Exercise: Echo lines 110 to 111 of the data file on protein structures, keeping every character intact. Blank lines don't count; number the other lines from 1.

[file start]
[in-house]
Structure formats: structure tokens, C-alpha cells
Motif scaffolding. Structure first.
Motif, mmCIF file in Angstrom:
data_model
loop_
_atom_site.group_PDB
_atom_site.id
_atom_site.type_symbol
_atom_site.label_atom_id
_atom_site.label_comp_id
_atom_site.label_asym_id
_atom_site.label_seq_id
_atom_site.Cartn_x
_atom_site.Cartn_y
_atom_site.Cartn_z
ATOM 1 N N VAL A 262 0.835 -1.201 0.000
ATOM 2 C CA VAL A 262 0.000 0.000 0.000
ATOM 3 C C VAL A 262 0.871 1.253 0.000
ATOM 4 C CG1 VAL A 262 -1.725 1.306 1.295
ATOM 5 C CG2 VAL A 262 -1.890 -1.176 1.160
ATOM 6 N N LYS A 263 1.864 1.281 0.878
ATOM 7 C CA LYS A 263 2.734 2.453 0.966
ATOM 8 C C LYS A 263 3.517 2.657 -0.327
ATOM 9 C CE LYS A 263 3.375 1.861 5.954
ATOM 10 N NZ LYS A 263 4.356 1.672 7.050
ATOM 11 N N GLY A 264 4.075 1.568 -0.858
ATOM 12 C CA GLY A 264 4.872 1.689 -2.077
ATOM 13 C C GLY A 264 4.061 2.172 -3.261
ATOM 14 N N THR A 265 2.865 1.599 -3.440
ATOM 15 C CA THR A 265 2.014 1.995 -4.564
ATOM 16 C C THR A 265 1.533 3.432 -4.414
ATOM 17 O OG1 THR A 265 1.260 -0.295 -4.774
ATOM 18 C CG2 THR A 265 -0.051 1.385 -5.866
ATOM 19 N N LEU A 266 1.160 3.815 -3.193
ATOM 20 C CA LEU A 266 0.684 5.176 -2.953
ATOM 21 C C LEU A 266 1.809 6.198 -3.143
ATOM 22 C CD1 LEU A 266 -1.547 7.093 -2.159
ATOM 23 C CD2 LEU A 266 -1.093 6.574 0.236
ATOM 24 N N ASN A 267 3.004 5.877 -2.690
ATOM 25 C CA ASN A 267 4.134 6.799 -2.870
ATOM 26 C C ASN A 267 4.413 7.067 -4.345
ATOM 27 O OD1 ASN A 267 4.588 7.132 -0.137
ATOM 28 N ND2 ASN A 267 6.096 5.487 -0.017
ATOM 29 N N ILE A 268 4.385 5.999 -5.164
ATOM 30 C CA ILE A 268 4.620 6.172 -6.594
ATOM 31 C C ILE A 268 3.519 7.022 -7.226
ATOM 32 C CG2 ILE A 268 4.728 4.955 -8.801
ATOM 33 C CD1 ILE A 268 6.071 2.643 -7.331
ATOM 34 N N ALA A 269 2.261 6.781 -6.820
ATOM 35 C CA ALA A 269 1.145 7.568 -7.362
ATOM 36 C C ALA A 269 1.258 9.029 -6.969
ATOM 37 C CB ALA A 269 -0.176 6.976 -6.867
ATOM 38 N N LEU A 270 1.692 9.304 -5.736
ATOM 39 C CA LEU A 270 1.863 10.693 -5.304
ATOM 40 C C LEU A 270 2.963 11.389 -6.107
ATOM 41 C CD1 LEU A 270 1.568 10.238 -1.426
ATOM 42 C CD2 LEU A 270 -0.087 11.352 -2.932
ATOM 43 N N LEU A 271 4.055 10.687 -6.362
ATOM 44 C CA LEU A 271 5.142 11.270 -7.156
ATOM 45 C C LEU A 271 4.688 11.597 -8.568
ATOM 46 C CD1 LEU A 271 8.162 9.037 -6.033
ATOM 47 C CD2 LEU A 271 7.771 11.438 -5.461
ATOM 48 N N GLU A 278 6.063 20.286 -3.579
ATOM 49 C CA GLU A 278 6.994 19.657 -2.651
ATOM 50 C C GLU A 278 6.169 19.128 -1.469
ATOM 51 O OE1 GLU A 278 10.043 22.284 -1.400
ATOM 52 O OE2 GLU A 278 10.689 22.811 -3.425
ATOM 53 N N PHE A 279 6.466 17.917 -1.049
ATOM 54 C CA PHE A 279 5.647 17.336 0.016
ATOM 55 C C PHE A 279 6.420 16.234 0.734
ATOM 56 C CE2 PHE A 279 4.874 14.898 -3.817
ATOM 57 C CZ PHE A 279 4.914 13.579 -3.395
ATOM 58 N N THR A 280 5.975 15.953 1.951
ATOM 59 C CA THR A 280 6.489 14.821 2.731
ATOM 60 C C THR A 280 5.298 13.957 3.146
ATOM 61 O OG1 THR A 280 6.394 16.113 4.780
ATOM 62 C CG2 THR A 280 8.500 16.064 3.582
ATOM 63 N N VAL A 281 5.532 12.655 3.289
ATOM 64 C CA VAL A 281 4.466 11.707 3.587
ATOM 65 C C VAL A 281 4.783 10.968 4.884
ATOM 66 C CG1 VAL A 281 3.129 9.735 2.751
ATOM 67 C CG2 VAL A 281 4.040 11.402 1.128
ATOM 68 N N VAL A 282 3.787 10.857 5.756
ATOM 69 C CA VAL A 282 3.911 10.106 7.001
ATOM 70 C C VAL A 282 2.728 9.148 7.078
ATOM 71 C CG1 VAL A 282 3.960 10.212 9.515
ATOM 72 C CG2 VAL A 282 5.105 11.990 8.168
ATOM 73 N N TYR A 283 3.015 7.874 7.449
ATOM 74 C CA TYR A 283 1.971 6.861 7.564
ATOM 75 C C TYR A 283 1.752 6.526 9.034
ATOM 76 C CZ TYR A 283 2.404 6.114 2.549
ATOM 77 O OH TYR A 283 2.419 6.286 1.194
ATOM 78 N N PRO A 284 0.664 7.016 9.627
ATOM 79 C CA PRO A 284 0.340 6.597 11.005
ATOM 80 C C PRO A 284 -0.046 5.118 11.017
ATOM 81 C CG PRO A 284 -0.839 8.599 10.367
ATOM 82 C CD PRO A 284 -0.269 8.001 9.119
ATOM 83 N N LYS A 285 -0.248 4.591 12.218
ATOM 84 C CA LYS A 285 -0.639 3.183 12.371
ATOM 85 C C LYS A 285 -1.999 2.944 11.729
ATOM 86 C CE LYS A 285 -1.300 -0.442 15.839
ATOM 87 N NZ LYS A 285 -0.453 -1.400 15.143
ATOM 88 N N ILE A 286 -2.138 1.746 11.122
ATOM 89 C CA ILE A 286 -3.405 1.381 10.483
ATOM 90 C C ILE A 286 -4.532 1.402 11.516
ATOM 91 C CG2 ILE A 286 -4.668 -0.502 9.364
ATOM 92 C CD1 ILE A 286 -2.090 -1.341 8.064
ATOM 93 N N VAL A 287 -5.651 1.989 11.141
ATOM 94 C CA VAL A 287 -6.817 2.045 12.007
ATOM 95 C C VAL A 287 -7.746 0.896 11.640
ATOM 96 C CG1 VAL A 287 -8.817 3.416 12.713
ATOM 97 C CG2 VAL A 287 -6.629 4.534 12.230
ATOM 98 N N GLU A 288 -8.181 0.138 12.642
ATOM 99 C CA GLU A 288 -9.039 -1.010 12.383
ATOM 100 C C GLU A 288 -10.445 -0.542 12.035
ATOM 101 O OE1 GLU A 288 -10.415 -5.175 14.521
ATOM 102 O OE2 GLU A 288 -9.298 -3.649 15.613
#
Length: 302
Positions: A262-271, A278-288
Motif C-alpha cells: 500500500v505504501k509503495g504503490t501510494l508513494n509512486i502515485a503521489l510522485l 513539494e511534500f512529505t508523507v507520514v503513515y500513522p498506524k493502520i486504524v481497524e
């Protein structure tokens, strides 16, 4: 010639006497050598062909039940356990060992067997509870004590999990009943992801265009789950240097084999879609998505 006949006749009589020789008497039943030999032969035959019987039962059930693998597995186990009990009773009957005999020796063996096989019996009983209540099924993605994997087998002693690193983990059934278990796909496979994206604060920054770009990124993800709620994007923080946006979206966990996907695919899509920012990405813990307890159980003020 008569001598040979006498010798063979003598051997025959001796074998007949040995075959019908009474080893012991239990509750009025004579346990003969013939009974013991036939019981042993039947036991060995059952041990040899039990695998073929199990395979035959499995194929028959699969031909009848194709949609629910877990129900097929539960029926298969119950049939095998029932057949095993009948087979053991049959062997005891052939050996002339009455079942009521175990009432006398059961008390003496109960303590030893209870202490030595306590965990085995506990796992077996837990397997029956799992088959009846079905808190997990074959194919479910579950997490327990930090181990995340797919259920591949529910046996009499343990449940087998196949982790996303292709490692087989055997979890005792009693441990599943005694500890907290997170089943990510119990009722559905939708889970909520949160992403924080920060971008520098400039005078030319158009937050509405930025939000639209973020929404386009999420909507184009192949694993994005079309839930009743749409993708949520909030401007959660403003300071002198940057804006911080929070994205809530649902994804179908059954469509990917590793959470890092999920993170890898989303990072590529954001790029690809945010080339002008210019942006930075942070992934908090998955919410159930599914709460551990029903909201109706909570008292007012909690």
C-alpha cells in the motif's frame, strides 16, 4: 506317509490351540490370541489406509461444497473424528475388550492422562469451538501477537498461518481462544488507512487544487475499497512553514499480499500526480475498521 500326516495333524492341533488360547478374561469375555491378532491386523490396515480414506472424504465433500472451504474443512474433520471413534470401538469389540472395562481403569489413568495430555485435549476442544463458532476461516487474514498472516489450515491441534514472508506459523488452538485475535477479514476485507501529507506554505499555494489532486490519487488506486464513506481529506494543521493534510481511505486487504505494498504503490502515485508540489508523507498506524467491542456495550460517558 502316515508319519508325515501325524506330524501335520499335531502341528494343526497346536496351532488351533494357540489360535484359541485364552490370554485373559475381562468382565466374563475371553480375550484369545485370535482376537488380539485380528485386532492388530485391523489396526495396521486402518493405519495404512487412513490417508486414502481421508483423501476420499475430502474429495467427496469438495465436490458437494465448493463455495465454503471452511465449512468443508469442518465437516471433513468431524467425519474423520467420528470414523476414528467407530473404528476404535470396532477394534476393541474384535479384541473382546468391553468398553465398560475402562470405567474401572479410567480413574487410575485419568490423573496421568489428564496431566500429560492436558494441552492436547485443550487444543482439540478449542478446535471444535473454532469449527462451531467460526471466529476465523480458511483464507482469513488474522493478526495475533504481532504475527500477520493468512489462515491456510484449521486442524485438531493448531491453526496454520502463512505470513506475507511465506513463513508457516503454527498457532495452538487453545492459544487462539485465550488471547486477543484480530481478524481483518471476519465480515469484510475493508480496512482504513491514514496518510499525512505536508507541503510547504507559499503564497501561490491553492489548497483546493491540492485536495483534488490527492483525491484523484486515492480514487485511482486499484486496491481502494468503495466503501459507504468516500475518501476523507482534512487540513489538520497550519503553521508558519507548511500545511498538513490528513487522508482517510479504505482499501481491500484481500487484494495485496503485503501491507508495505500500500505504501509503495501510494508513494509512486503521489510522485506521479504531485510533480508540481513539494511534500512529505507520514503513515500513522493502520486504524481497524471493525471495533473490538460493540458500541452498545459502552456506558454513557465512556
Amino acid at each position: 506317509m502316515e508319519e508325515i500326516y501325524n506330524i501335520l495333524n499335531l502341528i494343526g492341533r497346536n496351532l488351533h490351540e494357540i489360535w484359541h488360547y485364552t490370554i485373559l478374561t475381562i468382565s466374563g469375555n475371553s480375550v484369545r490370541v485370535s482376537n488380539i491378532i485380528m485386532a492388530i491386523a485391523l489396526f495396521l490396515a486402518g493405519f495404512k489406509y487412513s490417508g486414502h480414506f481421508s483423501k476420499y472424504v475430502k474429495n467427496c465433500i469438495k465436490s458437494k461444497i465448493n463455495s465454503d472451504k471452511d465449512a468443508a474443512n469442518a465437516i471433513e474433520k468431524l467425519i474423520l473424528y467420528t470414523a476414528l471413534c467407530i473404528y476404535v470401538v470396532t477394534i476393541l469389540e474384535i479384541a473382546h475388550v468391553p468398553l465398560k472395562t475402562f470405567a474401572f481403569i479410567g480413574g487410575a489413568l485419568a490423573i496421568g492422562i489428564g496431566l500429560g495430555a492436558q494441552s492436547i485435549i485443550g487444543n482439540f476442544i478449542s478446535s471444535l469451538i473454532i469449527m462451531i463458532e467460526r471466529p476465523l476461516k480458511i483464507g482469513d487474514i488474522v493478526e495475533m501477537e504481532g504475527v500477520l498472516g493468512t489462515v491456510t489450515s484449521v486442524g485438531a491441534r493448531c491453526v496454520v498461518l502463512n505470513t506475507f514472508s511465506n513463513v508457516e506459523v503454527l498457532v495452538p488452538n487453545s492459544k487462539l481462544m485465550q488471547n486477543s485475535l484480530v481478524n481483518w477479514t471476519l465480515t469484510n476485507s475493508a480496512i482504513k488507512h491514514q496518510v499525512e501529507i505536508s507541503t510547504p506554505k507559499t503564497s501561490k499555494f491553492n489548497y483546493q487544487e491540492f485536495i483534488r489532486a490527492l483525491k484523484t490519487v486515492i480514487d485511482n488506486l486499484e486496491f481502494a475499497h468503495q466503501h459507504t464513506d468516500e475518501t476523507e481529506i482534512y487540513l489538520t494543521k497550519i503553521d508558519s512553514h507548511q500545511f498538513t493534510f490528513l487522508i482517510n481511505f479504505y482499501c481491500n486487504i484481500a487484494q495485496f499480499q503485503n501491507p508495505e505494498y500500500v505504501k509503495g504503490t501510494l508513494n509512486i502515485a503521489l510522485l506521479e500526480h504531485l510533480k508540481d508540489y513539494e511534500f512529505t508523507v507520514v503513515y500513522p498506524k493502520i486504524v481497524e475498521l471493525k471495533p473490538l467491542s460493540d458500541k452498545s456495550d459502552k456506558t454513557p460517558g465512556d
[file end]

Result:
ATOM 94 C CA VAL A 287 -6.817 2.045 12.007
ATOM 95 C C VAL A 287 -7.746 0.896 11.640